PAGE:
A few pics from our amazing yoga retreat in Joshua Tree led by Pete Guinosso this May.
I used to paint.
However, in 2007 I brought my beloved easel to my classroom to hold posters instead of the creative process. It was a simple wooden thing, and was used widely and well. By May of 2008, it was out of commission. In the world of art it seemed, so was I!
For my move to California a few months later, I sold a few items and gave away more; large and small. Carefully, I wrapped my last large, bare canvas in a towel, and packed it gently into a box for the journey, as well as my blue, sticker-covered tacklebox of paints, inks, brushes, pastels, chalk, pencils, erasers, tape, glue sticks, old pins and other random items accumulated since that first art class in college.
Perhaps there was still hope for the artist crushed, within.
Most of my personal affects that made the cut are residing in a storage unit, biding time until our next move and sure round of cuts. The tacklebox however, is kept near my sewing kit in our living room, as they are roughly the same size and both accessed often. Somehow that canvas, too, made it into our home, and each time I organize, I move it somewhere new, admiring its bright wash of possibility. Make a mark on it? I do not.
As I type, it occurs to me that perhaps my artist within had tossed out a flotation device for me to hold onto until I reached a new shore.
That is a comforting thought.
I remember a mural I created at my first post-college workspace; it was of a couple in a canoe on Eklutna Lake surrounded by spruce trees, mountains, and an eagle soaring above a rainbow and puffy white clouds. It brightened up the cottage until one of the youths lost control of his behavior. Then I painted each of the ‘cubbies’ in the entryway directly onto the wood. That paint wasn’t coming off anytime soon.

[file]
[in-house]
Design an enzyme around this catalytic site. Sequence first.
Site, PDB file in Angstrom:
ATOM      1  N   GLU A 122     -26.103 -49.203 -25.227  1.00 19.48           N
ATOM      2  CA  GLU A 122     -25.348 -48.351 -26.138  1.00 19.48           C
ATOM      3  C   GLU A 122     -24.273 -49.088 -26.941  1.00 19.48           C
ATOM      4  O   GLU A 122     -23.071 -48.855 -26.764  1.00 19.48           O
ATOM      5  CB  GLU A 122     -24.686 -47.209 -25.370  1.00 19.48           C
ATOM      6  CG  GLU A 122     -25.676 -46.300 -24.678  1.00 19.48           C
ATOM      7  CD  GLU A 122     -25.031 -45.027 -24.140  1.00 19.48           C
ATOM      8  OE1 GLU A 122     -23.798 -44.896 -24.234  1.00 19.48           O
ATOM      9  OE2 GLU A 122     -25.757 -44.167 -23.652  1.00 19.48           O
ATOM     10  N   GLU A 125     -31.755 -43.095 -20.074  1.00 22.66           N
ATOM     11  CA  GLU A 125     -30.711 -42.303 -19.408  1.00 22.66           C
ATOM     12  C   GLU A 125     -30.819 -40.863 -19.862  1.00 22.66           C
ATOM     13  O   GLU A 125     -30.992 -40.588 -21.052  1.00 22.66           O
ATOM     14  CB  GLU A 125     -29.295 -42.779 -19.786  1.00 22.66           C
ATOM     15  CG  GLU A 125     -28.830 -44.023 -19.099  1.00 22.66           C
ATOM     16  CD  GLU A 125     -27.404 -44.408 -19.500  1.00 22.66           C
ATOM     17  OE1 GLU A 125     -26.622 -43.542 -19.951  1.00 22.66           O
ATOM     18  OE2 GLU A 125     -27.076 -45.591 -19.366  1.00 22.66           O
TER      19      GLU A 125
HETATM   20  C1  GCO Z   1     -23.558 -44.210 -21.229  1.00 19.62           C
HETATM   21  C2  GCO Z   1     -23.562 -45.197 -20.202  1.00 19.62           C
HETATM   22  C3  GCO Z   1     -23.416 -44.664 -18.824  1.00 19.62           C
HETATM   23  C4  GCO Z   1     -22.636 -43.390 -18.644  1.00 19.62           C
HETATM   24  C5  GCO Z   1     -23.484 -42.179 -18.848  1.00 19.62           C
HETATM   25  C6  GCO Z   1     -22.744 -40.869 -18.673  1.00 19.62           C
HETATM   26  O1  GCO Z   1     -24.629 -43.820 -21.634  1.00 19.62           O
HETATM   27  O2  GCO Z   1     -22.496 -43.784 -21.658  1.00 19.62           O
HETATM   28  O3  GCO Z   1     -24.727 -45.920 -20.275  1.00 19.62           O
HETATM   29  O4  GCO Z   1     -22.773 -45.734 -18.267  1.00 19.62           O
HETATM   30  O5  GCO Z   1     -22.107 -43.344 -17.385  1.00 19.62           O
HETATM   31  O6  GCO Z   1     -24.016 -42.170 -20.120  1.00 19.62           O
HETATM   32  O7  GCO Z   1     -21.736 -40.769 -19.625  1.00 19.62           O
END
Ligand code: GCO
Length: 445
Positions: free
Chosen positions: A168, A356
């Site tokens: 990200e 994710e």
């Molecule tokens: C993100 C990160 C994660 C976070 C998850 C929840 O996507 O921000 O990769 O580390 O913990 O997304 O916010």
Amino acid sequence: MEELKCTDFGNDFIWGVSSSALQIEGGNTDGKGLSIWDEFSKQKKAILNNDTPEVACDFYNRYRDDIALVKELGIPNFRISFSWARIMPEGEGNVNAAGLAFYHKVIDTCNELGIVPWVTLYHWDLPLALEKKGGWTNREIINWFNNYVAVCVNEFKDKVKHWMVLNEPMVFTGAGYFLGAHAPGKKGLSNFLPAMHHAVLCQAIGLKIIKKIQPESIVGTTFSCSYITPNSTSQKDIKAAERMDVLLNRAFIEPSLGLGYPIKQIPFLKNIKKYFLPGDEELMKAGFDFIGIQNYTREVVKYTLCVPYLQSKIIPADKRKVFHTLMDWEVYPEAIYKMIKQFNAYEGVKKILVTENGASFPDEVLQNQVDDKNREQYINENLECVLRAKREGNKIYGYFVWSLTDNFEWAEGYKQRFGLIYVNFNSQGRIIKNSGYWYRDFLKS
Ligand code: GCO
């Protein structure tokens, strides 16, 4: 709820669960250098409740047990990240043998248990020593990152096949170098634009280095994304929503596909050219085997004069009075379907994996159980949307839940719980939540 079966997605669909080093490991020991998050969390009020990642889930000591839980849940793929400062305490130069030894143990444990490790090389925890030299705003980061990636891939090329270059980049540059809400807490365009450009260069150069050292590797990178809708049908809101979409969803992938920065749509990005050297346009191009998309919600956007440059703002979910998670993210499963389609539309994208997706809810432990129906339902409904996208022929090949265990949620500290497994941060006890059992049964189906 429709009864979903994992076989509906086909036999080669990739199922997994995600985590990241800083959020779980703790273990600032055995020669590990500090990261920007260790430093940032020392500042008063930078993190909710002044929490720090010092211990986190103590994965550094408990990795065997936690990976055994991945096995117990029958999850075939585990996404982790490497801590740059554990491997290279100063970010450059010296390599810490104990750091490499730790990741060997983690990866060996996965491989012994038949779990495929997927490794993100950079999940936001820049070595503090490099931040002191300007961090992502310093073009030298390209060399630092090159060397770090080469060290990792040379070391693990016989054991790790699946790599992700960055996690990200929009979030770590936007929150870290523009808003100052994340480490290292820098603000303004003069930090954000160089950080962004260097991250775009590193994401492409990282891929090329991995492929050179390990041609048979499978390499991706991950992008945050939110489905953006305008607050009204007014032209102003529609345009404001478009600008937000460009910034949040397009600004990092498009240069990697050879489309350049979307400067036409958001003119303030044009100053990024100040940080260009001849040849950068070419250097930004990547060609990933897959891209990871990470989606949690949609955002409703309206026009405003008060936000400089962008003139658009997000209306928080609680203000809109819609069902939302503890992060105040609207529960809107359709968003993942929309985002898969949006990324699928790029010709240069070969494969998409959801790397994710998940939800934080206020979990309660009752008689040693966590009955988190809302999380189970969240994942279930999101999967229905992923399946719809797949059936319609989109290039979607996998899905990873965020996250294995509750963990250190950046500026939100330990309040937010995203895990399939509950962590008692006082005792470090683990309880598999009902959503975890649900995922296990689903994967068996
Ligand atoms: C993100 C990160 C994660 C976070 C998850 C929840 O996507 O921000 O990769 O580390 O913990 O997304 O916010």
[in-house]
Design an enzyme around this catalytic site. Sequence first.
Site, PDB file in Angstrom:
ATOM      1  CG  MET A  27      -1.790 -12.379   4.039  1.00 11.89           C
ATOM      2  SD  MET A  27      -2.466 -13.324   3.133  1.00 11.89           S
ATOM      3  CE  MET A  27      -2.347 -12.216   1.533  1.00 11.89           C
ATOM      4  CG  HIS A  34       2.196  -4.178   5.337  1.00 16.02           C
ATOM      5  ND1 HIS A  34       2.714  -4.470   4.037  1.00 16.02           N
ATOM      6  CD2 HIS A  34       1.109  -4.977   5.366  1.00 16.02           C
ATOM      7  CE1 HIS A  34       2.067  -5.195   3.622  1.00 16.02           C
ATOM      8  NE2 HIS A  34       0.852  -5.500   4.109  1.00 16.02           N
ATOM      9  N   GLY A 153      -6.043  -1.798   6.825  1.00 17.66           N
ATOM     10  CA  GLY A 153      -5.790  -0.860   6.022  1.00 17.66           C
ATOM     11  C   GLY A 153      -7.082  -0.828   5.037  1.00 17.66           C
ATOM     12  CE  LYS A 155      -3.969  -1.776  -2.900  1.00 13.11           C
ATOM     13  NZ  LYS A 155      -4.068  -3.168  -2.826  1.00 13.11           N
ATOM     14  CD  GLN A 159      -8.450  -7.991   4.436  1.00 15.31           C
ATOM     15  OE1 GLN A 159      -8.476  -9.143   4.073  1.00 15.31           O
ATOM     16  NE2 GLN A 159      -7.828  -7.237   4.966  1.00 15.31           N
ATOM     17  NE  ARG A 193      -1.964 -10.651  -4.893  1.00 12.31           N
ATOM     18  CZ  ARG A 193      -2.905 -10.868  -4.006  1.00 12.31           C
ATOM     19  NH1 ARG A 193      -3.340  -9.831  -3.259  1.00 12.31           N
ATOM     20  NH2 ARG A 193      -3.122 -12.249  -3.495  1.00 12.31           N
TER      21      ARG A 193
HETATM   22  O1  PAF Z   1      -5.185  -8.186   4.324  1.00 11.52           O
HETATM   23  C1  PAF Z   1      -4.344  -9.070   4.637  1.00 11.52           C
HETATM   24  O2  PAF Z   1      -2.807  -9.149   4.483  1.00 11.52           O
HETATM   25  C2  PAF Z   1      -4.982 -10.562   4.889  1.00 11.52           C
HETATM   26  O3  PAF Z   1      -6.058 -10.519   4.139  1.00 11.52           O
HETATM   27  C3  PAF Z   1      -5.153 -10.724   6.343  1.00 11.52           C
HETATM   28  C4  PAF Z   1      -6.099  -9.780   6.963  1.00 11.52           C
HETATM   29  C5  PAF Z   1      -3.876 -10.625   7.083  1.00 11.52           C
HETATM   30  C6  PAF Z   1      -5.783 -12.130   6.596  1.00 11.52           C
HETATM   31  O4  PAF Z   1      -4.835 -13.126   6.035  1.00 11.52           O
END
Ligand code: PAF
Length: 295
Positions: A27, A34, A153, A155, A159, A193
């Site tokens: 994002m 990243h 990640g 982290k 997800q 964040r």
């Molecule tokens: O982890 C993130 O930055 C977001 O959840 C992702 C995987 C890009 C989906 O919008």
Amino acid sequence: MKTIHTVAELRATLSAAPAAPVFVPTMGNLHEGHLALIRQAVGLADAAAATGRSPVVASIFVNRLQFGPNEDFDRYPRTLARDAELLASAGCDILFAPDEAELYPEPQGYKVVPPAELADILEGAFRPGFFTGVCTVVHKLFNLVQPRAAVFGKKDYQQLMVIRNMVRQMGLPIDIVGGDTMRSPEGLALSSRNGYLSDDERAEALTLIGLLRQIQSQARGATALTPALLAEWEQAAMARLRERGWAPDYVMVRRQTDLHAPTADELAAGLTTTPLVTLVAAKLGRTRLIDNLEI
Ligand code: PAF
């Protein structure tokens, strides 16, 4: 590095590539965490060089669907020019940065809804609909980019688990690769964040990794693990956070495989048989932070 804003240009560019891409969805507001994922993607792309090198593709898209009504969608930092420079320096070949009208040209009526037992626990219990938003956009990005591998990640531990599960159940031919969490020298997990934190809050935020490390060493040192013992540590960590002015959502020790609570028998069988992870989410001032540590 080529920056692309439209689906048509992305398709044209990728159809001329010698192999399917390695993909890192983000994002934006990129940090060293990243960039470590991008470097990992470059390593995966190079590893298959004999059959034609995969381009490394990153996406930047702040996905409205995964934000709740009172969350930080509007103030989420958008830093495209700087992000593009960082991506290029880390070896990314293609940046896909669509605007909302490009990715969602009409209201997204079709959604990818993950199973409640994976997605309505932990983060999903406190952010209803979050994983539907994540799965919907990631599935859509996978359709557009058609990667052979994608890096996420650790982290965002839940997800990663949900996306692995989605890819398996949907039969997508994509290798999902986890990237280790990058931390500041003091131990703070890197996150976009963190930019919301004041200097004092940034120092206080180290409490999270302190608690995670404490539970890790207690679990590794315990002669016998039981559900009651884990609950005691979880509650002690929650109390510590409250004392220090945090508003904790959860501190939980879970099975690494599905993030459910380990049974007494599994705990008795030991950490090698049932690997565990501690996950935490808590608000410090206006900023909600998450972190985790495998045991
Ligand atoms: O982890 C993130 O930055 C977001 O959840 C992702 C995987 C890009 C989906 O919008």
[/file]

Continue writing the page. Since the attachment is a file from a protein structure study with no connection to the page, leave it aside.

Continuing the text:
My favorite paintings are of photographs that I love. One is of tulips that look like ice cream taken from a birthday camping trip with my friend Monique up in the Skagit Valley in Washington, another is of a photo of my mother holding me when I was about a year old; we were both laughing, mouths wide open, at my dad.
Fortunately, or unfortunately, depending on the receiver’s perspective, I’ve given away each painting I’ve created. Often the recipient is in mind before I begin the project.
I am under no illusion that my completed paintings are any monumental, world-changing pieces; but the entire process of bringing them into being, revitalizing a moment into life, meditating upon each stroke, can be described as none other than an immersion in love.
We spent a weekend in San Diego at the end of March, and strolled about fields and fields of ranunculi in a vibrant array of colors. A tug pulled at my heart. In Joshua Tree, the May desert was all abloom. There was another tug.
I wanted to paint again.
Besides a wedding gift, inspired from spirit itself, could it be that the last painting I had created was from a 4×6 photo taken in my pre-digital days?
I think so.
Last week, I opened my tacklebox with new eyes. I lined up my brushes, set out the acrylics, and conducted a general catalog. On a sticky note, I wrote: brushes, small canvases, palette. The paint I had would have to do; I would purchase more as required.
I hopped on down to the neighborhood art store armed with a 20% off coupon and purchased a handful of new brushes, a palette just like the one I had before, ten tiny art cards, five 5×5, and five 6×8 canvases to begin again upon.
And upon our return from Chicago; noon-ish on a clear blue day, I did.
(Art in process! Had to toss a couple colors, a few had the texture of marshmallows, but were useable, and a few were just right… As far as painting from photos, now I have to have them converted to prints!)